The old man in the Dumpster towered over Vickery, his shaggy, bearded head silhouetted against the blue sky. Blinking and scuttling back, Vickery was able to make out that the man was tall, even allowing for the elevation of the Dumpster floor, and his face was sun-darkened under a blowing fringe of white hair. A threadbare gray sportcoat was bunched over his shoulders, and Vickery could see that he wore another coat under that. The collars of both coats, and a blue shirt under them, were all turned up under his beard.
Vickery got to his feet, and carefully stepped around to the far side of the Dumpster and leaned forward to peer into it. Aside from the old man himself, whose eccentric outfit was completed by bulky corduroy trousers and worn sneakers, the rusty container was empty. The smell from it was like burnt plastic and rotten strawberries.
The old man had shifted around, his sneakers grating on the metal floor, and he said “I don’t know you,” then looked across at Castine. “Or you either.”
“No,” agreed Vickery, slapping dust off the seat of his jeans. “We’re not from around here. Do you know where they went?” He waved at the building. “The people who ran ChakraSys?”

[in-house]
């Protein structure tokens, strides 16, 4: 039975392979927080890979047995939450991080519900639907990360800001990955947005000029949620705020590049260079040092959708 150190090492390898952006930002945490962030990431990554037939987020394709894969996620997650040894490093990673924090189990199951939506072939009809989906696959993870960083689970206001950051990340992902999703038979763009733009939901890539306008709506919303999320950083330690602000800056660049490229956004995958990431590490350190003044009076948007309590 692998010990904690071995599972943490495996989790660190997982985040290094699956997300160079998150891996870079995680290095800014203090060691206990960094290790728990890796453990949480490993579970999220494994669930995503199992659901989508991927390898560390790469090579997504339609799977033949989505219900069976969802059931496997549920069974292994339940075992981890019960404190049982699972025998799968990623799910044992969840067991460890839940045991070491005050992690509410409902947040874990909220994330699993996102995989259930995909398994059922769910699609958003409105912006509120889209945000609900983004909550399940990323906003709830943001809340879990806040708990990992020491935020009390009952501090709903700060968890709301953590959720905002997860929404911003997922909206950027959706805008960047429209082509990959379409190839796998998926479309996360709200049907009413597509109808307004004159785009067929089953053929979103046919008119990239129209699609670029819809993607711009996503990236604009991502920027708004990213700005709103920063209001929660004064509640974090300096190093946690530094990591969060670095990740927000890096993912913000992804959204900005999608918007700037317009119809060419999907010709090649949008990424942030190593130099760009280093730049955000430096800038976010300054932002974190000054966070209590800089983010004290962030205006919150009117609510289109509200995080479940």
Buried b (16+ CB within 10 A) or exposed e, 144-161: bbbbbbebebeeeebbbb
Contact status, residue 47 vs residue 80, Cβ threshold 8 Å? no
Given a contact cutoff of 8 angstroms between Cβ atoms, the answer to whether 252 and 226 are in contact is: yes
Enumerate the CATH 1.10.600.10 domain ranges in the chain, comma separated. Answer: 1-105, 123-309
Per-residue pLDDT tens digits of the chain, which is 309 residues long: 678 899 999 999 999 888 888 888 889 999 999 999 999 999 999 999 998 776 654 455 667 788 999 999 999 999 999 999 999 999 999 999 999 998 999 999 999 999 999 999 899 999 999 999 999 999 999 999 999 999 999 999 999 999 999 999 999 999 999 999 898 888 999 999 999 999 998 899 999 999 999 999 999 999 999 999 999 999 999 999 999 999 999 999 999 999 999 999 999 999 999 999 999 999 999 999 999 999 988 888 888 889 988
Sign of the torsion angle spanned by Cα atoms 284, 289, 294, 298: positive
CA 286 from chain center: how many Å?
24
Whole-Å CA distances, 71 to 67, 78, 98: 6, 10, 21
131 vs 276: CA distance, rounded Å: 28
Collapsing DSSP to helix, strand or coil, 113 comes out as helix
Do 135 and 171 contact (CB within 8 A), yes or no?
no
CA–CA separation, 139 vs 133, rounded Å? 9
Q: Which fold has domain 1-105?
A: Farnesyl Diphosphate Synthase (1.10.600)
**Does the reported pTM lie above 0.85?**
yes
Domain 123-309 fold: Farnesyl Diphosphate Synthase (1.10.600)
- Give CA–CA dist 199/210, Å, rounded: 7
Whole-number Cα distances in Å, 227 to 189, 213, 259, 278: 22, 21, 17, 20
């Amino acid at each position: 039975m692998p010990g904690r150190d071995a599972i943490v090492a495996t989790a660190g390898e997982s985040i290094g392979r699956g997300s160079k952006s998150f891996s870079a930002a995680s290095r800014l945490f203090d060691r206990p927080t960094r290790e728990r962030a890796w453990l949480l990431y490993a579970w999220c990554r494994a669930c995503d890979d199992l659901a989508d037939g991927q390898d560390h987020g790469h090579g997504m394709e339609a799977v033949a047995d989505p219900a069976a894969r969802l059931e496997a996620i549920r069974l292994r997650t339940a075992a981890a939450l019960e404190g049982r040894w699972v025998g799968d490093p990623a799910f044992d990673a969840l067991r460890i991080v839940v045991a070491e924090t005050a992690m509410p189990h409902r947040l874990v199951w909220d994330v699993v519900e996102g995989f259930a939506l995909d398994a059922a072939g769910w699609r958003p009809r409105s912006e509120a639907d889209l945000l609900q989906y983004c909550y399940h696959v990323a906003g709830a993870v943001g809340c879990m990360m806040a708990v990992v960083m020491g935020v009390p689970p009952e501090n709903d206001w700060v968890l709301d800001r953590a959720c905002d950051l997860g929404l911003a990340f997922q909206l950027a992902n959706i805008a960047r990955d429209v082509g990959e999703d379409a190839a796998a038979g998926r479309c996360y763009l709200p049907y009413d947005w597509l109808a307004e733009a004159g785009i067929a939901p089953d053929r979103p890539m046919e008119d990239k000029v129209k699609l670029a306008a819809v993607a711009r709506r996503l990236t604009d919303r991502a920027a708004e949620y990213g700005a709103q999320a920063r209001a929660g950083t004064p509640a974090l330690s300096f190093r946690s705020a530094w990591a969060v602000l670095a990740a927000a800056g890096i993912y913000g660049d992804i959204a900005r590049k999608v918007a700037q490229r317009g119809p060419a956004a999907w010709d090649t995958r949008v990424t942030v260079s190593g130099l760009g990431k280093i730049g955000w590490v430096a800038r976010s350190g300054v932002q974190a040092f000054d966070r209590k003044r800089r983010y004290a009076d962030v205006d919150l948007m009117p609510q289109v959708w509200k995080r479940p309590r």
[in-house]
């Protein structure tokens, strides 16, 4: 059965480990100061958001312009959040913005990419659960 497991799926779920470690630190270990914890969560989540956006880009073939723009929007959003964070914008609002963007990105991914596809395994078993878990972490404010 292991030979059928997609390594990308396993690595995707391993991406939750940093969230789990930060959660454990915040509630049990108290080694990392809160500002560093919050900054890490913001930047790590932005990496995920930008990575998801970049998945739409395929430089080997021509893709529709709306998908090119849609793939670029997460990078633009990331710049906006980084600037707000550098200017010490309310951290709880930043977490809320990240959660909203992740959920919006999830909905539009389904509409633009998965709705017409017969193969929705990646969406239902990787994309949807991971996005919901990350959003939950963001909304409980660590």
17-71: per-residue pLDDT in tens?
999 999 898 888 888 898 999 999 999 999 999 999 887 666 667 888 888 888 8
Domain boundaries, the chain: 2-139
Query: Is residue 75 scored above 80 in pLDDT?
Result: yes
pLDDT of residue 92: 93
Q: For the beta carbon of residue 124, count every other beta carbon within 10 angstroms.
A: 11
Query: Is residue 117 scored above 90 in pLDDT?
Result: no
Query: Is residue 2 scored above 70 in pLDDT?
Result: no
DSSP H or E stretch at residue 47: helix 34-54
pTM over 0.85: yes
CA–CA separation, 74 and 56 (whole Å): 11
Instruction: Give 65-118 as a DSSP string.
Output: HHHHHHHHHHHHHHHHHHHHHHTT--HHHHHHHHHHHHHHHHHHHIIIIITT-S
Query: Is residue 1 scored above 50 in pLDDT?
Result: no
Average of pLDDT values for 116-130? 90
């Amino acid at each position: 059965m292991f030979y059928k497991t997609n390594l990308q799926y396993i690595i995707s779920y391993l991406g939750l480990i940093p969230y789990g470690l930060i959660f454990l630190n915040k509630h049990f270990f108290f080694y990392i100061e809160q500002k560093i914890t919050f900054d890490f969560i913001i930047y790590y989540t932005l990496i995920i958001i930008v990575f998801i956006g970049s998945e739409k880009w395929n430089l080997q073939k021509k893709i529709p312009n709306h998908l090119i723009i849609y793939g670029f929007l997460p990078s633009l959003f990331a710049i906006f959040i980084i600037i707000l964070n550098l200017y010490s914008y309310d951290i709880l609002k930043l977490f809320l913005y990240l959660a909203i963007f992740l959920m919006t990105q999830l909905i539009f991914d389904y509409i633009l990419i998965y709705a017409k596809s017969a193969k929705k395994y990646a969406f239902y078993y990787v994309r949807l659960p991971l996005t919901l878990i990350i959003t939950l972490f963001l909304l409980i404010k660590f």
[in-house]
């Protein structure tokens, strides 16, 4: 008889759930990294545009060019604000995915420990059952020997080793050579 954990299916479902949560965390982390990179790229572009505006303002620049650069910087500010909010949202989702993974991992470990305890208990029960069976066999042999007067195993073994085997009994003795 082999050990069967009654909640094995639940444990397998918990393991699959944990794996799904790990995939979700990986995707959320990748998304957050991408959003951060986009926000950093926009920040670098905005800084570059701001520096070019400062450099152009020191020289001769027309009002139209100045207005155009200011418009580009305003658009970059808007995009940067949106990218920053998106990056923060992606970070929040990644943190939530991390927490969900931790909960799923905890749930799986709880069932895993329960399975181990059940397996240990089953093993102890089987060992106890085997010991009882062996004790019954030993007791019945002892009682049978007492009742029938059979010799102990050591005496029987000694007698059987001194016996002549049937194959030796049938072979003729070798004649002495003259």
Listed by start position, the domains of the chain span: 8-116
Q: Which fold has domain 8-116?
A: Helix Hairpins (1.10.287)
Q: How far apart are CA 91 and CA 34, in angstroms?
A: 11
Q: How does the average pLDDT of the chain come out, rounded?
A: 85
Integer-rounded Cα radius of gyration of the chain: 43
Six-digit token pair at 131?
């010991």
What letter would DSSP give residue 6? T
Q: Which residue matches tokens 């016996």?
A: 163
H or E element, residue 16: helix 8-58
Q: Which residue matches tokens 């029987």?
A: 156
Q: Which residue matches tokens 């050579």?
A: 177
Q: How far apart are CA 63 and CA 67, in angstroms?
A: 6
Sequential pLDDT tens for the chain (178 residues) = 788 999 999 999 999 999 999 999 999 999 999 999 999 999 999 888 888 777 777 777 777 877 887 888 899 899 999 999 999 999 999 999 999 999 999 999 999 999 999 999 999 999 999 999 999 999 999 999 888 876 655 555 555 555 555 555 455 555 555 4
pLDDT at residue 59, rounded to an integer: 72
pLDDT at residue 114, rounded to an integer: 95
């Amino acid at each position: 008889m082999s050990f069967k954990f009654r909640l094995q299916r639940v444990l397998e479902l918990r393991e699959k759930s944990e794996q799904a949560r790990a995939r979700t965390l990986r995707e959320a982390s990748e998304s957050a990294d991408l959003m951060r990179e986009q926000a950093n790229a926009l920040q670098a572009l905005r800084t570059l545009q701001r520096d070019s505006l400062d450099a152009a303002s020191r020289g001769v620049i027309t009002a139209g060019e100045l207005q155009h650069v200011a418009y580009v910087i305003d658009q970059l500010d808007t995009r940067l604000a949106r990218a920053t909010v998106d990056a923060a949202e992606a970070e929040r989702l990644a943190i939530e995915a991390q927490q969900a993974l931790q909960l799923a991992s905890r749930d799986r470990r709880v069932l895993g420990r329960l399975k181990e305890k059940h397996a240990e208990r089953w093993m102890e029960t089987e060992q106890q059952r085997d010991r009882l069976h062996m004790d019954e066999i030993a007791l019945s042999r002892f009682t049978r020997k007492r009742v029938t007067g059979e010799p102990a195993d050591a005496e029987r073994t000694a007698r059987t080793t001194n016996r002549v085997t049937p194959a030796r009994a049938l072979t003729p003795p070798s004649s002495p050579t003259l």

“They went thataway,” said the old man without moving at all. “You losers. Are your chakras out of order? Grip your heads with your Kegel muscles.”
“Were you,” Vickery persisted, “around when they were in business?”
“If they had a business,” said the old man, “they didn’t build that. They were munchkins standing on the shoulders of giant ants.”
Vickery tried once more. “What did their business do?”
The old man stood up straight and squared his shoulders as he glared at Vickery, who took a step back from the Dumpster.
Do?” the man rumbled. “What does it look like they did? They ran. Have you made a deal with those people? Do you think I can’t fly away? Hah!” He gripped the rim of the Dumpster and began scuffing the inner wall of it with a shoe, apparently intending to climb out.
Vickery caught Castine’s eye and nodded toward the car. “Uh, thanks anyway!” he called to the struggling old man as he and Castine began walking across the asphalt toward the Saturn.
Behind them the old man was singing now: “We left behind the old gray shore, climbed to the sky…”